As students work to practice COVID-19 safety on campus, an uptick in positive cases two weeks into the spring semester has many looking to the university for increased testing.
More than 70 students and faculty have now tested positive for COVID-19 since the return to campus, according to Belmont’s COVID-19 reporting site, with 24 of those affecting residential students.
Though the university encouraged students to get tested before coming back, tests were not mandatory and not available to asymptomatic students through Health Services.
Despite living on campus, freshman Carlo Rodriguez said he hasn’t heard clear communication from the university about the recent spike in cases.
“I feel a little confused, I guess,” said Rodriguez. “You would think since we’re hitting a peak on our campus, they’d tell us.”
Belmont continues to update its online resources with new positive cases reported on a weekly basis – information collected in part using Belmont’s voluntary symptom tracker.
The university also announced its intention to provide testing for asymptomatic students in the coming weeks — Monday, an email was sent out announcing a series of voluntary testing events for asymptomatic students living on campus.
Rodriguez described the daily symptom tracker as a “selfless option” that’s easy to forget. Belmont should have something more mandatory, like bi-weekly testing, he said.
Sophomore Haydn Nash agreed, saying the voluntary options “put a degree of trust in students and their honesty.” Nash is currently COVID-19 positive and self-isolating off campus.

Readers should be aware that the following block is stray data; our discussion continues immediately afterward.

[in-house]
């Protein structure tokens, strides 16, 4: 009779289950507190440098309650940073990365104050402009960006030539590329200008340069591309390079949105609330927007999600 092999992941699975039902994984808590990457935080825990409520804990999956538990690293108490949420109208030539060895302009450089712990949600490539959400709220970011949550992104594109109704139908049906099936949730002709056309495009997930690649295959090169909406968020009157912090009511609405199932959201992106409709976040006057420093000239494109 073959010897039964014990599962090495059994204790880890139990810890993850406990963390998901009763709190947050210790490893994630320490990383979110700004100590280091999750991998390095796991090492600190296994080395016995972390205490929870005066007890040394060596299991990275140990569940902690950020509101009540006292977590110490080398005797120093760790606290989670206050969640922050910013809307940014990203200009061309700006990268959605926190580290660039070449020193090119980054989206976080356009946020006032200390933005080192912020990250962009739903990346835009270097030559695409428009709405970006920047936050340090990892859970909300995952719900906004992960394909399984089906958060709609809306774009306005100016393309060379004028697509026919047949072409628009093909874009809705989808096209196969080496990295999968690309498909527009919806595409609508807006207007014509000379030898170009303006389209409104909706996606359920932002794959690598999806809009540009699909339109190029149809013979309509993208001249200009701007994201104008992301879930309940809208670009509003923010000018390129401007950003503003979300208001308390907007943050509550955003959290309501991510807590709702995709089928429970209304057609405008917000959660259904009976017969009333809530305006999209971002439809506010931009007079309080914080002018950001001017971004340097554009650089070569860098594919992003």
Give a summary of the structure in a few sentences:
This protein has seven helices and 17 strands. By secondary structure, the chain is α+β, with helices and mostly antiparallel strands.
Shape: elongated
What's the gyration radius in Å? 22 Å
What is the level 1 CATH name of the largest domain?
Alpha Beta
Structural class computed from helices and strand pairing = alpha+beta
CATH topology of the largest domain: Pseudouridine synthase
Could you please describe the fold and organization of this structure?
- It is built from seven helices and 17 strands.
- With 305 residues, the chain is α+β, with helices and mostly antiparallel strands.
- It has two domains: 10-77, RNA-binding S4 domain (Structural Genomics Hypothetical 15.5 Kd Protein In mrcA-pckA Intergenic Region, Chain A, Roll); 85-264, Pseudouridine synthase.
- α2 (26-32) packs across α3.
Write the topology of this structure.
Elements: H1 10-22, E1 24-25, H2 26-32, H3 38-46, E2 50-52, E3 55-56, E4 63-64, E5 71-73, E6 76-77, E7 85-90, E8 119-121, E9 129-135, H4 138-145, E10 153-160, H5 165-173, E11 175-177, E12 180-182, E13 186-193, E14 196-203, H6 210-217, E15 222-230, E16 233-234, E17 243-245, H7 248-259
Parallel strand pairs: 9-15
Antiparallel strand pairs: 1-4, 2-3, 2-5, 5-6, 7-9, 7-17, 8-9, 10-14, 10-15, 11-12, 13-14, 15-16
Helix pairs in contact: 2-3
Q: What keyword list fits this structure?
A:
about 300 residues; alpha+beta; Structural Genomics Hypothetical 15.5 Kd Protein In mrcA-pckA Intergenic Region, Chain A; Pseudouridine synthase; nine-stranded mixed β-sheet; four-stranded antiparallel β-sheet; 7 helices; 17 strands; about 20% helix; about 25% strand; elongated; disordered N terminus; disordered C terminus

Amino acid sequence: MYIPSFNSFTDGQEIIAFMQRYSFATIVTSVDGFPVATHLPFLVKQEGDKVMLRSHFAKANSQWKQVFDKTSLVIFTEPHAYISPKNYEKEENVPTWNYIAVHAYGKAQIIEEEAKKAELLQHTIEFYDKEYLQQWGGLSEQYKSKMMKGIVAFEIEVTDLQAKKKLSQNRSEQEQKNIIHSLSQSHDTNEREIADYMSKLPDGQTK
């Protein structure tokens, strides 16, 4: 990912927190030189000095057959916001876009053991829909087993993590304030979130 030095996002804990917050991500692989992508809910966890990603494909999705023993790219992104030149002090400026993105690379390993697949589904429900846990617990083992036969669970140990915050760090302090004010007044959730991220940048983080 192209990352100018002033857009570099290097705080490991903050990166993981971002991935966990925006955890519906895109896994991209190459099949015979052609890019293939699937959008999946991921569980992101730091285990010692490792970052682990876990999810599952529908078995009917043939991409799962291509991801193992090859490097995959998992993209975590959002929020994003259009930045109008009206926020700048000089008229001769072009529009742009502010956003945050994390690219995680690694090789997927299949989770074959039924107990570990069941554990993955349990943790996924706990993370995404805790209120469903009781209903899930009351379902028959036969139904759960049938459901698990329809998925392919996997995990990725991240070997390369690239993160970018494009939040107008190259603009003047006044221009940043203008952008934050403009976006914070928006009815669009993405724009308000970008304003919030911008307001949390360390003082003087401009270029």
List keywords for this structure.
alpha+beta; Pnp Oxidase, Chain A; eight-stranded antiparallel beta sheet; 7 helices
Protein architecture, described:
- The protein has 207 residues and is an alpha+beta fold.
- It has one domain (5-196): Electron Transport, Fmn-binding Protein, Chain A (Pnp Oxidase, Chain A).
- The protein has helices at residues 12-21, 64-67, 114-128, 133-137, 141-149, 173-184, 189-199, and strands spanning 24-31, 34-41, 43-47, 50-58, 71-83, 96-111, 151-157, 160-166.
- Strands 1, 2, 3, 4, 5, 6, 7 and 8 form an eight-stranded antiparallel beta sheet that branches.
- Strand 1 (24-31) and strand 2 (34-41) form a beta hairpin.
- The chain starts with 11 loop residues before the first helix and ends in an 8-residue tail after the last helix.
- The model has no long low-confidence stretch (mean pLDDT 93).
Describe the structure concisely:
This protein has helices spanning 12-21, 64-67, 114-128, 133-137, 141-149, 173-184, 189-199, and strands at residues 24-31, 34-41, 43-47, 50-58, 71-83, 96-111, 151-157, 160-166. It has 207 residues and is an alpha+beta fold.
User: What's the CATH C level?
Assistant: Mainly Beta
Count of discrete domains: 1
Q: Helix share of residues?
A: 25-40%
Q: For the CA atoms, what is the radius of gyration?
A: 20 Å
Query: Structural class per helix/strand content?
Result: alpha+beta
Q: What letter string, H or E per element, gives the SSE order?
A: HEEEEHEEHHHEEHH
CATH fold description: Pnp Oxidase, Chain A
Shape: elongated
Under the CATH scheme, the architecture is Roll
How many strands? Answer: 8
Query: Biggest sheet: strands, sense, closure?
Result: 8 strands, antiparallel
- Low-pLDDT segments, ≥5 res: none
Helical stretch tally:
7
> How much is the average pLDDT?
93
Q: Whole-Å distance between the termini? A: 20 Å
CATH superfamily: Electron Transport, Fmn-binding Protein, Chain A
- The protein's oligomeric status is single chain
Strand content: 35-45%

The daily symptom tracker isn’t the most effective because there are no real repercussions for not completing it, he said.
Nash also said he expected an increase in cases this semester as students returned from around the country and started in-person classes on day one. The recent spike might have been prevented if Belmont made testing mandatory or provided it on campus, he said.
Junior Charlotte Maracina also thinks the symptom tracker isn’t the best method of preventing spread.
“I don’t think people are always honest on the symptom tracker, which makes it hard to get real data,” said Maracina.
Maracina was required to test negative before returning home to New York in the fall, but was unable to get a test through Belmont because she didn’t have COVID-19 symptoms.
She was frustrated by the lack of available testing at Belmont but feels better with the university’s recent introduction of sentinel testing for asymptomatic students.
Though she admitted she was unsure about the cost of additional testing, Maracina said Belmont should provide testing for all students, not just those showing symptoms.
Though Maracina had trouble getting tested, she said she feels safe on Belmont’s campus thanks to its mask mandate and social distancing guidelines.
Nash also said he has never felt unsafe in his in-person classes last semester and expects to feel the same when he returns to campus.
“It just seems like everybody is being very respectful of one another’s health,” he said.
Rodriguez is a little less optimistic. He saw a few students without masks on campus and has also seen people without face coverings in the hallways of his dorm, he said.
“We’re probably doing better than most college campuses, but there’s still some slip-ups that need to be acknowledged.”
This article written by Vivi Smilgius.